Editorial

“Pandemic of the unvaccinated” has become a catchphrase for the current state of the COVID-19 crisis, in which unvaccinated populations are driving a deadly fourth wave in neighbouring Saskatchewan and Alberta. And now, as chief provincial public health officer Dr. Brent Roussin made clear this week, the fourth wave is upon Manitoba, too.

"Pandemic of the unvaccinated" has become a catchphrase for the current state of the COVID-19 crisis, in which unvaccinated populations are driving a deadly fourth wave in neighbouring Saskatchewan and Alberta. And now, as chief provincial public health officer Dr. Brent Roussin made clear this week, the fourth wave is upon Manitoba, too.

Public-health officials have been warning for months about a looming fourth wave; conceding it’s actually here should create a renewed sense of urgency — something that was notably absent from the province’s tepid response to the second and third waves. Former premier Brian Pallister’s competitive fixation on touting Manitoba as "first" or "best" in its pandemic response — and, in particular, in reopening the economy — produced disastrous but predictable results.

Humbled by those ordeals, and with the self-styled Team Manitoba "coach" no longer at the helm, there’s a chance to mitigate the fourth wave’s impact. Ironically, the way to do it might be by learning from the mistakes of Alberta Premier Jason Kenney and Saskatchewan Premier Scott Moe, who clearly didn’t — or wouldn’t — learn from Mr. Pallister’s calamitous errors during the previous two waves.

Mr. Kenney is holding fast to a wait–and–see approach, despite calls from medical professionals for decisive action to rescue Alberta’s health system from a worst–case scenario its own warning system has forecast.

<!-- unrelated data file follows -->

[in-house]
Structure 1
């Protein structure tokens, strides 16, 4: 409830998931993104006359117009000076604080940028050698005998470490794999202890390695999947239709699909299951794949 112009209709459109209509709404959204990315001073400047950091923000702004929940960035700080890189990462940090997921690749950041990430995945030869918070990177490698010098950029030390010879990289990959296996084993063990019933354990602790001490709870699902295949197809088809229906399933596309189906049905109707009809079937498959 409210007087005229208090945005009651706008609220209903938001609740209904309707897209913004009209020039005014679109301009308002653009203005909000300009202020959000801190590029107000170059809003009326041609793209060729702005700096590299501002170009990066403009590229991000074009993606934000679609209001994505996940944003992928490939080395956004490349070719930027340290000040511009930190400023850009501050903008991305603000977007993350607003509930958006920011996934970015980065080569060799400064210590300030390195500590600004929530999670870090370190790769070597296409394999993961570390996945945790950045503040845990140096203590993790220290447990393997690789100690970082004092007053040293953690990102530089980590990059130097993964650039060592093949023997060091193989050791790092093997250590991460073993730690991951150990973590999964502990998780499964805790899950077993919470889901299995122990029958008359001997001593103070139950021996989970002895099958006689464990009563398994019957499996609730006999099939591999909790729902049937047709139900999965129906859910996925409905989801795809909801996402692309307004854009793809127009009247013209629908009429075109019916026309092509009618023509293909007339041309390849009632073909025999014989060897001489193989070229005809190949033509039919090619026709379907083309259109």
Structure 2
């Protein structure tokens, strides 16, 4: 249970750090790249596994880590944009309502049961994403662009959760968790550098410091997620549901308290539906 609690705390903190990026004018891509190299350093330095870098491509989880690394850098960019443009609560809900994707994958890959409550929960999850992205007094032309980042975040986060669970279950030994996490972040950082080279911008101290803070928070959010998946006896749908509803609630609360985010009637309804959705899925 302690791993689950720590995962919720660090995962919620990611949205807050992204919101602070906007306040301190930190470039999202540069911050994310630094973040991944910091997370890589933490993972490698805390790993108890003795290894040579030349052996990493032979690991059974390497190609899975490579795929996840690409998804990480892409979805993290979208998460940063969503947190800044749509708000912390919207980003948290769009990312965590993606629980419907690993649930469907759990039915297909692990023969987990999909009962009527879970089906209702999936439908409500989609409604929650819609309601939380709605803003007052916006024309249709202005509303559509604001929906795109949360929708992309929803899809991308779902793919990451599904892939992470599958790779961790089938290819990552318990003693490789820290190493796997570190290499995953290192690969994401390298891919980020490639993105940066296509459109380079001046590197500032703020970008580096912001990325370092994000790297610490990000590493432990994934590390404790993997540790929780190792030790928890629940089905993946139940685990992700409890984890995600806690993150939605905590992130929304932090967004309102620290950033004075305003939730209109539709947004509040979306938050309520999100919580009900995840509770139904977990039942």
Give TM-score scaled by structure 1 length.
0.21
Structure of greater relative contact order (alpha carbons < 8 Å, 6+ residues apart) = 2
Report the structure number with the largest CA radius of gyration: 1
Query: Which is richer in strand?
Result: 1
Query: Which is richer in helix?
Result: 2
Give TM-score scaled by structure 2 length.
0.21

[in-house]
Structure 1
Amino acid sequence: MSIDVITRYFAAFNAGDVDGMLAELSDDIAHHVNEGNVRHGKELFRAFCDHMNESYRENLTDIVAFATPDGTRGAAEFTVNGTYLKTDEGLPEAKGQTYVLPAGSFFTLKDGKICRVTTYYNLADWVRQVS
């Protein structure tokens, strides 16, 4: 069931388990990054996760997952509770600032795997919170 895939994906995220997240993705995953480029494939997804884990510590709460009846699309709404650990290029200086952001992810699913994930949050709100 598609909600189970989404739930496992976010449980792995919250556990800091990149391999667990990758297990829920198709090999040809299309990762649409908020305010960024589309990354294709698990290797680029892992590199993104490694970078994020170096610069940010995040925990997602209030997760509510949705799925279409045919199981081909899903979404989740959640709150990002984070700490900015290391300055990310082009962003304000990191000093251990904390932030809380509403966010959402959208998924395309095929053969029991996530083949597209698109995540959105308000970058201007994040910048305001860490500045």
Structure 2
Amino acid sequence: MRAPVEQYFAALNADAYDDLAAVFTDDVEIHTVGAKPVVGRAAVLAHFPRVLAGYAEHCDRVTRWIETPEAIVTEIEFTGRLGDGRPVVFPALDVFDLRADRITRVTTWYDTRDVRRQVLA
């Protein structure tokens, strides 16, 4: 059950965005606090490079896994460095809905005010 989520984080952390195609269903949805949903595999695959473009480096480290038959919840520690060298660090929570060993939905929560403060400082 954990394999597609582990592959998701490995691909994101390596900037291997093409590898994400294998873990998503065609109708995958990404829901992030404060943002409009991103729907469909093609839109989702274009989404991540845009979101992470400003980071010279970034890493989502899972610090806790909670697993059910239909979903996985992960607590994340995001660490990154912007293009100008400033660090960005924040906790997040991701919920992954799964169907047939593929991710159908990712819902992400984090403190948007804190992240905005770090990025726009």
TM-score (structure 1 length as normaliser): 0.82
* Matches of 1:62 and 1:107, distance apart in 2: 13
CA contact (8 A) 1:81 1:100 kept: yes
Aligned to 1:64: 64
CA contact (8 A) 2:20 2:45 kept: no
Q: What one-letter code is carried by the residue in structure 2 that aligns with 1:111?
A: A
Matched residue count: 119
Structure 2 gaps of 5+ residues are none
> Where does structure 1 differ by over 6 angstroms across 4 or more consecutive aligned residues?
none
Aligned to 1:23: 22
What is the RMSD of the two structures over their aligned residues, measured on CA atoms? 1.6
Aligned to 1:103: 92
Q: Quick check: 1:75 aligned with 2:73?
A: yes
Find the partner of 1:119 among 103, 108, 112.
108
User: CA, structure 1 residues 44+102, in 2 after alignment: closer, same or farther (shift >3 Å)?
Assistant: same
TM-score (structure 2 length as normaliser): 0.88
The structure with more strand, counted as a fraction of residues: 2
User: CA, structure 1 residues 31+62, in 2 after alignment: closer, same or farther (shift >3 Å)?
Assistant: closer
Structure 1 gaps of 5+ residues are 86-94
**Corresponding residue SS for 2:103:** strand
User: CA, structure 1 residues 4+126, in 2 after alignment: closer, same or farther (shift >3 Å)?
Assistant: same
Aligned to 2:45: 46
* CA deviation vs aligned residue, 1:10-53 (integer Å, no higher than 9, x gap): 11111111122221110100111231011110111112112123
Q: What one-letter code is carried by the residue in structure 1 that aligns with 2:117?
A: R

Mr. Kenney is holding fast to a wait-and-see approach, despite calls from medical professionals for decisive action to rescue Alberta’s health system from a worst-case scenario its own warning system has forecast: all 380 ICU beds filled. Meanwhile, Saskatchewan’s chief provincial public health officer, Dr. Saqib Shahab, warned of a "fall and winter of misery" — but then didn’t announce any new measures to help prevent it.

Lest we be too smug, Manitoba has its own unvaccinated crisis brewing. Southern Health, which includes the rural municipality of Stanley, has the dubious distinction of having the lowest per-capita test rate in the province, as well as a meagre 24 per cent vaccination rate. Almost 50 per cent of new COVID-19 cases are in Southern Health, which accounts for just 15 per cent of the province’s population.

It is tempting, perhaps, to believe that Southern Health is its own unvaccinated bubble. But what happens in Southern Health is not confined to that region; behaviour there will be felt in other areas of the province — particularly centres with ICU beds.

But what happens in Southern Health is not confined to that region; behaviour there will be felt in other areas of the province ‐ particularly centres with ICU beds.

Fighting the fourth wave might be a bit easier in the wake of newly re-elected Prime Minister Justin Trudeau’s forceful statements this week about prioritizing for COVID-19 and imposing restrictions. What remains to be seen is how a new Manitoba premier — chosen from a field of two in which both have been reluctant to endorse proof-of-vaccination mandates — will handle the fourth wave as it evolves.

Perhaps the time has come to consider regional restrictions to address the Southern Health situation. Any such measures must, however, have enforcement protocols built in, as the current province-wide public-health orders continue to be flouted. The wait-and-see approach favoured by the premiers of the Prairies has long since proven inadequate.

Manitoba is not in the same state of crisis it faced this time last year, thanks to widespread vaccination and a cautious reopening that includes proof-of-vaccination mandates. A return to a full code-red lockdown is unlikely and probably unnecessary, but as long as the health-care system remains in danger of being overwhelmed, the entire province must invest in fighting the now-in-motion fourth wave.

From that vantage point, it starts to look a lot less like a "pandemic of the unvaccinated," and more evocative of another pandemic catchphrase: "We’re all in this together."